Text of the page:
Not that we could tell by the menu what kind of snails they were.

Nail screws, anyone?  How about some horse property?  Chem Copy?  No?  Really?  Well, trenches and EFA sure sound delicious.
Our first half hour consister of me trying to shrink into my plastic bench and disappear while Julian giggled, cackled, roared, and snapped pictures of the utterly unhelpful yet hilarious menu.

Google Translate actually comes up with 'junk' instead of 'interesting components', so you could argue they were going for positivity here.
This page was doing pretty well until the Building Ireland part.
Our next half hour, however, consisted of me threatening to leave Julian for a Vietnamese snail farmer so I could eat like this every day.

Snails are such perfect, mildly-shellfish-tinged bases for flavor, and they combine that with being really, really maddeningly hard to get out of their shells.

But we like food that makes us work for it, you know?  

We love smashing crab legs with little wooden hammers and digging the claw meat out with metal picks.  

We stand at our cutting boards spattering pomegranate juice all over the kitchen, making it (and our hands) look like a bloody murder scene, just for the privilege of a few arils of yummy juice.

We cry as we chop endless onions, cut ourselves shucking oysters, scrape ourselves picking blackberries, and ferment grapes for decades just to have a glass of wine with dinner.

So by extension, coconut snails we have to dig out with safety pins must be about the most coveted dish ever, right?

No, I'm not exaggerating - you do have to dig them out with safety pins.
I'm not going to say that snails are always delicious.  They depend on what they're cooked in.  What they are is a fantastic excuse for flavor experimentation, and particularly in Vietnam, showerings of herbs and oil.  The above-pictured dish - coconut snails - was a rich, silky, tropical indulgence.  The two above (apple and garlic snails) were more refreshing, just vehicles for fresh spices and herbs. 


Where to find snails in Orange County:

I have had snails only twice since returning to the states, both at the same place.  The first time, I got a dish whose name I don't remember - but they were basically little garlic snails you pry out with a toothpick.  They were delicious, with a savory-light sauce.  The second time, I got ốc len xào dừa - snails in coconut sauce - hoping they'd be the same as the Saigon safety pin snails above.  They weren't - they were excessively slimy and almost cloying.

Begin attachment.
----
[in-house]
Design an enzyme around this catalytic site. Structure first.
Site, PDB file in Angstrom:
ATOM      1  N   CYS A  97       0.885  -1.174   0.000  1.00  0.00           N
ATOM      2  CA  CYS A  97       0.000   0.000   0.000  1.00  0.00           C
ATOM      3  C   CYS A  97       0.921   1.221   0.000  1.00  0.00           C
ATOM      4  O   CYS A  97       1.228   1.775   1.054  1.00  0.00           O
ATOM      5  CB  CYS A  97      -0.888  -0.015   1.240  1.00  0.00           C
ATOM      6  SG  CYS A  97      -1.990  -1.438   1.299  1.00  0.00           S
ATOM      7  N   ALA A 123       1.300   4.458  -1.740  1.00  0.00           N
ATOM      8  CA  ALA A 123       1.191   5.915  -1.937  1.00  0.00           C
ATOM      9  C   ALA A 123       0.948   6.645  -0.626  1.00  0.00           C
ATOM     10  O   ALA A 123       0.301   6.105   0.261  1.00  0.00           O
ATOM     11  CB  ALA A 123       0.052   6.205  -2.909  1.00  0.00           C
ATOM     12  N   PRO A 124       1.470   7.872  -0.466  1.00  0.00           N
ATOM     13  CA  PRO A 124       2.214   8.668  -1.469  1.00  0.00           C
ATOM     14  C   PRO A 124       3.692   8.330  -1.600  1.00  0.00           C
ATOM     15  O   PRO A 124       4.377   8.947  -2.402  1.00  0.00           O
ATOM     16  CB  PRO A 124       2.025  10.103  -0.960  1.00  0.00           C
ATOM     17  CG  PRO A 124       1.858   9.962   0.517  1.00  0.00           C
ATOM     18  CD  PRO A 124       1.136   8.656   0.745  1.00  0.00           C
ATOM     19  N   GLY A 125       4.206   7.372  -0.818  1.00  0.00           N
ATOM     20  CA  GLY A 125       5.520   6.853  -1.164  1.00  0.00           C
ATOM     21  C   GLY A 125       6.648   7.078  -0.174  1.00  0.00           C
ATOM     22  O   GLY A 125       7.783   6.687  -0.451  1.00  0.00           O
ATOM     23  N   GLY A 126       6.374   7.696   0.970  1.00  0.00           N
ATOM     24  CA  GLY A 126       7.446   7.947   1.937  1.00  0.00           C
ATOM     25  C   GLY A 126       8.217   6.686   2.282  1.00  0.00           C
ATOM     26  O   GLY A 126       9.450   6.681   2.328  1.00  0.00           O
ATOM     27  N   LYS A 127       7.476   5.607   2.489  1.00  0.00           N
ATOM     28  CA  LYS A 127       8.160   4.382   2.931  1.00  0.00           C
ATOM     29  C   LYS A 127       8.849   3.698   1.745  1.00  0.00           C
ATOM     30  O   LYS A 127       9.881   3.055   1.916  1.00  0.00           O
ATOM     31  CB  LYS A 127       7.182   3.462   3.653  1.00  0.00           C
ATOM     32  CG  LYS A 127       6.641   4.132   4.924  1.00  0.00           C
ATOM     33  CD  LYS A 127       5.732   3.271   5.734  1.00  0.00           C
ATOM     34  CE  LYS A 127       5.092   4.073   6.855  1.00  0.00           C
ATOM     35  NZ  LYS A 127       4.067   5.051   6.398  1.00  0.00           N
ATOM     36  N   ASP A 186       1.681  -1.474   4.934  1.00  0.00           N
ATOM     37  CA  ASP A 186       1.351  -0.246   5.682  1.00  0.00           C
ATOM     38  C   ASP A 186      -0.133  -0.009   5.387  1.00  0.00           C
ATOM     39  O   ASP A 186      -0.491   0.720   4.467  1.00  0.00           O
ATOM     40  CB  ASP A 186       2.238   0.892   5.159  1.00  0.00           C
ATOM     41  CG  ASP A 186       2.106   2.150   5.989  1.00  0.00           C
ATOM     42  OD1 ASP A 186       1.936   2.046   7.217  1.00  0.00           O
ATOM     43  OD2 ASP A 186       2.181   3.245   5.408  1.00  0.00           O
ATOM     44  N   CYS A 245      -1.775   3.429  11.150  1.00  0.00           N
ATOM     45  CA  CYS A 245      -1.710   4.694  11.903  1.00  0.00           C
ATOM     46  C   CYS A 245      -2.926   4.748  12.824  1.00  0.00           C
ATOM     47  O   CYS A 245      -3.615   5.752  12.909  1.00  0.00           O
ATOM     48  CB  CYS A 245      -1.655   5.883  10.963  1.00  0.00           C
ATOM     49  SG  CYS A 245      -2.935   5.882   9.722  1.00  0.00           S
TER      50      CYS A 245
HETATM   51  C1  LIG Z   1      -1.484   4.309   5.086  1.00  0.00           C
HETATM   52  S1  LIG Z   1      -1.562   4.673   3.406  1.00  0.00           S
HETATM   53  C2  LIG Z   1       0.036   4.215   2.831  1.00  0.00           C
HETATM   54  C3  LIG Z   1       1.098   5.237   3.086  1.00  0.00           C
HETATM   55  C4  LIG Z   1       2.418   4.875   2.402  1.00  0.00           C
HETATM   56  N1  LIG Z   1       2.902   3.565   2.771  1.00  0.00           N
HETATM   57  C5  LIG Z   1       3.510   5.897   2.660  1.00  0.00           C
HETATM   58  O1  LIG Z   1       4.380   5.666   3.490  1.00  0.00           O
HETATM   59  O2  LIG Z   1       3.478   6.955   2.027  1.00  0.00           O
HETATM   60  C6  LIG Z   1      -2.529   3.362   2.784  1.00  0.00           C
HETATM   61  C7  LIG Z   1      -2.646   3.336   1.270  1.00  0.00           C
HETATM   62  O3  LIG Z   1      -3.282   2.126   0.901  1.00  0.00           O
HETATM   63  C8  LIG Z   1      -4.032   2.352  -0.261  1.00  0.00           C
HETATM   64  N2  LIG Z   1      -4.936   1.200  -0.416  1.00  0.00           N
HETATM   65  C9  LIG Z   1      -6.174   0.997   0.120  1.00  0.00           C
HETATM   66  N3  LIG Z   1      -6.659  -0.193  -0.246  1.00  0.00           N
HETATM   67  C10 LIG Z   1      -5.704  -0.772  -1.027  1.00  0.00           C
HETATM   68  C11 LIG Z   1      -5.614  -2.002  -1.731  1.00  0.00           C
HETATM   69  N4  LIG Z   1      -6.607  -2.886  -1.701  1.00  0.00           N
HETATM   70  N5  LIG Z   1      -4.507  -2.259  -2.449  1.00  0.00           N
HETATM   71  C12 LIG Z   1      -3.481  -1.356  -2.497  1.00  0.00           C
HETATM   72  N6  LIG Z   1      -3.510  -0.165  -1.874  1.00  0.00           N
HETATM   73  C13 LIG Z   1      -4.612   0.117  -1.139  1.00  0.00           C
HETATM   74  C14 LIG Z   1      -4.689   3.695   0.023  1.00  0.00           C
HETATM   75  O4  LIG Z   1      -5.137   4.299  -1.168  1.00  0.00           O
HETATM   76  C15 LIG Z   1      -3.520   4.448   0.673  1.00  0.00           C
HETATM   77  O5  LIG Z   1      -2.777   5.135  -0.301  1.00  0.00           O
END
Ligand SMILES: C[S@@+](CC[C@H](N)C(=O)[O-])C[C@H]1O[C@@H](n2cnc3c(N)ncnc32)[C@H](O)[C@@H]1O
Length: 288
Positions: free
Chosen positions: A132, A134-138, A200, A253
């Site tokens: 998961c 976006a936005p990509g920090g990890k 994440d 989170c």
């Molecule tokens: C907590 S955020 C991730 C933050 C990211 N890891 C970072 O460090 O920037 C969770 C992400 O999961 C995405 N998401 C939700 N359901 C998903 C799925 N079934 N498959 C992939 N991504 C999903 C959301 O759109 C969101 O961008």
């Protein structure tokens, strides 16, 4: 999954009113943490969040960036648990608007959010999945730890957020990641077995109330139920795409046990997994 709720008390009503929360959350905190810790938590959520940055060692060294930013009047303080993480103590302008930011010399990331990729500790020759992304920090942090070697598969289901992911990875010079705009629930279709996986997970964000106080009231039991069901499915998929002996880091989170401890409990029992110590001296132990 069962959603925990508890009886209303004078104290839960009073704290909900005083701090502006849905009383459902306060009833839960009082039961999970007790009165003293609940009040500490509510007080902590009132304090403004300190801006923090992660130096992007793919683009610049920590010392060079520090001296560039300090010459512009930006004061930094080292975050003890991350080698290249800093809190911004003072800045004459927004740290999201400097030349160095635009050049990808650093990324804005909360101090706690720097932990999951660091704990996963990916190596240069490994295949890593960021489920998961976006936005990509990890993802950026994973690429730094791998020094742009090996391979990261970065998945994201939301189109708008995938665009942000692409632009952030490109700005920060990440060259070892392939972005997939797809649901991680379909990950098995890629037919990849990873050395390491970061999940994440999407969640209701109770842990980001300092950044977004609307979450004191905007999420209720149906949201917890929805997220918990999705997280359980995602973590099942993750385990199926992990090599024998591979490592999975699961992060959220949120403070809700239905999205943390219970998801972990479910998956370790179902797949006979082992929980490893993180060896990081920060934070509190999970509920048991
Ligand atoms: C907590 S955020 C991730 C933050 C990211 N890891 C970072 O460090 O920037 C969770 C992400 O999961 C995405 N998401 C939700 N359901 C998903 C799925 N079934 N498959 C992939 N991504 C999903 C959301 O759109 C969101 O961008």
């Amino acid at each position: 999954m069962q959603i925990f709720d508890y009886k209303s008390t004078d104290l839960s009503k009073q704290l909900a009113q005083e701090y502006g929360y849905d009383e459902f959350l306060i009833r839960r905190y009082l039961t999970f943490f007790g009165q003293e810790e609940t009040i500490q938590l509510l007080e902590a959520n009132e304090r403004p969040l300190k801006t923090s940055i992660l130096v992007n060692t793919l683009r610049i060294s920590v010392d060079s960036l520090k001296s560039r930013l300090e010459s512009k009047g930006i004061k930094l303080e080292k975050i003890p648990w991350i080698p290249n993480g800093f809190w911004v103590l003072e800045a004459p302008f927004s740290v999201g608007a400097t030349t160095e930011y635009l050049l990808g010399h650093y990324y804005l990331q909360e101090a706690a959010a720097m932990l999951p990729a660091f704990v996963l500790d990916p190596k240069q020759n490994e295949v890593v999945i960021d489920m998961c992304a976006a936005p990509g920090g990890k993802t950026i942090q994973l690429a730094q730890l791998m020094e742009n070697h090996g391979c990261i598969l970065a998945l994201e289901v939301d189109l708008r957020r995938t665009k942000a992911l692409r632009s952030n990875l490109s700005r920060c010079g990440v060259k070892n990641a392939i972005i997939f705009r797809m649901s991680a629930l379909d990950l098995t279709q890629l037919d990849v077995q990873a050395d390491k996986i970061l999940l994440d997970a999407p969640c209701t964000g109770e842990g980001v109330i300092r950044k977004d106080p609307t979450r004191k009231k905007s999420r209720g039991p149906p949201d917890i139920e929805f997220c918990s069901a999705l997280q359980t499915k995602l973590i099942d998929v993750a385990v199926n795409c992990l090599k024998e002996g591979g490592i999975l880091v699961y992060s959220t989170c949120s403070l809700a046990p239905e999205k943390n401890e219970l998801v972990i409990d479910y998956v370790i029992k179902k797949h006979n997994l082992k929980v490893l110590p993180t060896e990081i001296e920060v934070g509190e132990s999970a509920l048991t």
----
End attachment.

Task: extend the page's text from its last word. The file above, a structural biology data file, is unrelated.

So attempt if you dare - but it's only a $5 gamble, so really, there's no reason not to.  Also, they serve hột vịt lộn* - I tried their version over the weekend and the baby I got was barely developed.  It would be a great place to start if you're squeamish.


*When I ordered the snails, the lady behind the counter was all "UH, YOU KNOW SNAILS RIGHT?" but when I ordered the hột vịt lộn she didn't blink an eye.  I think this may say something interesting about what different cultures think other cultures are apt to find distasteful.

Monday, May 13, 2013

The Theory of the Dive

So, I eat almost exclusively at what most people might charitably call dives.

Why do I do this?  

It's not because I'm a masochist.  If I were I'd exclusively patronize eardrum-shattering bars or Pizza Hut or the deli food bar at health food stores.  Or any place that uses lab-made capsaicin crystal hot sauce for the shock value.

It's not because I am a Guy Fieri disciple - I only know the guy's name because when I see it emblazoned on a formerly cheap, casual dive's wall, it's usually accompanied by jacked-up menu prices and hordes of camera-toting tourists.

And it's especially not, as one recent accusation implied, that I'm a huge foodie-hipster who only thinks restaurants are cool before they're 'discovered' (though I realize my last paragraph implies that there might be a grain of truth here).


What follows is my Theory of the Dive.  The Theory of the Dive is simple and (I think) intuitive:

If a restaurant is dirty, if it's small and the chairs grate, squeak, and wobble; if customers are crowded onto benches with strangers or forced to endure terrible music; if the waitstaff is rude, disinterested, or nonexistent; if there are cockroaches scurrying along the margins or the owner's baby runs around unsupervised; if the decor is neon green or 70's wood-paneled or otherwise garish; if some or all of these things are true, and the restaurant is still in business...

...there must be a damn good reason.

And that reason is usually that the food is phenomenal.

Think about it!

I don't expect everyone to be just like me and eat out solely for the food - I understand that people go out to eat for different reasons.  

Some people like to feel taken care of.  They cook for their family all the time and want to relax and have an experience where they are the ones waited on for a change.  

Some people want to immerse themselves in some sort of crafted scene, an artistically constructed environment, and derive their pleasure from the aesthetics of their surroundings as they eat.  

Some people treat dining as a social gathering and don't even notice what's going into their mouths as long as their friends are with them.

And some treat it as a stage.  A see-and-be-seen catwalk of sorts.

The fact that I have different priorities than these people doesn't bother me.*  I think it's obvious by the strained way I wrote those last four paragraphs that their preferences are hard for me to relate to, but their existence makes it easier for me to pinpoint a great restaurant just by looking at it.

All of the aforementioned eaters-for-other-reasons are eliminated.  

All that's left is replicas of me.  My food-obsessed, blinders-wearing brethren.

And if we're enough to keep the place open, it's almost guaranteed: there is something amazing hiding in there!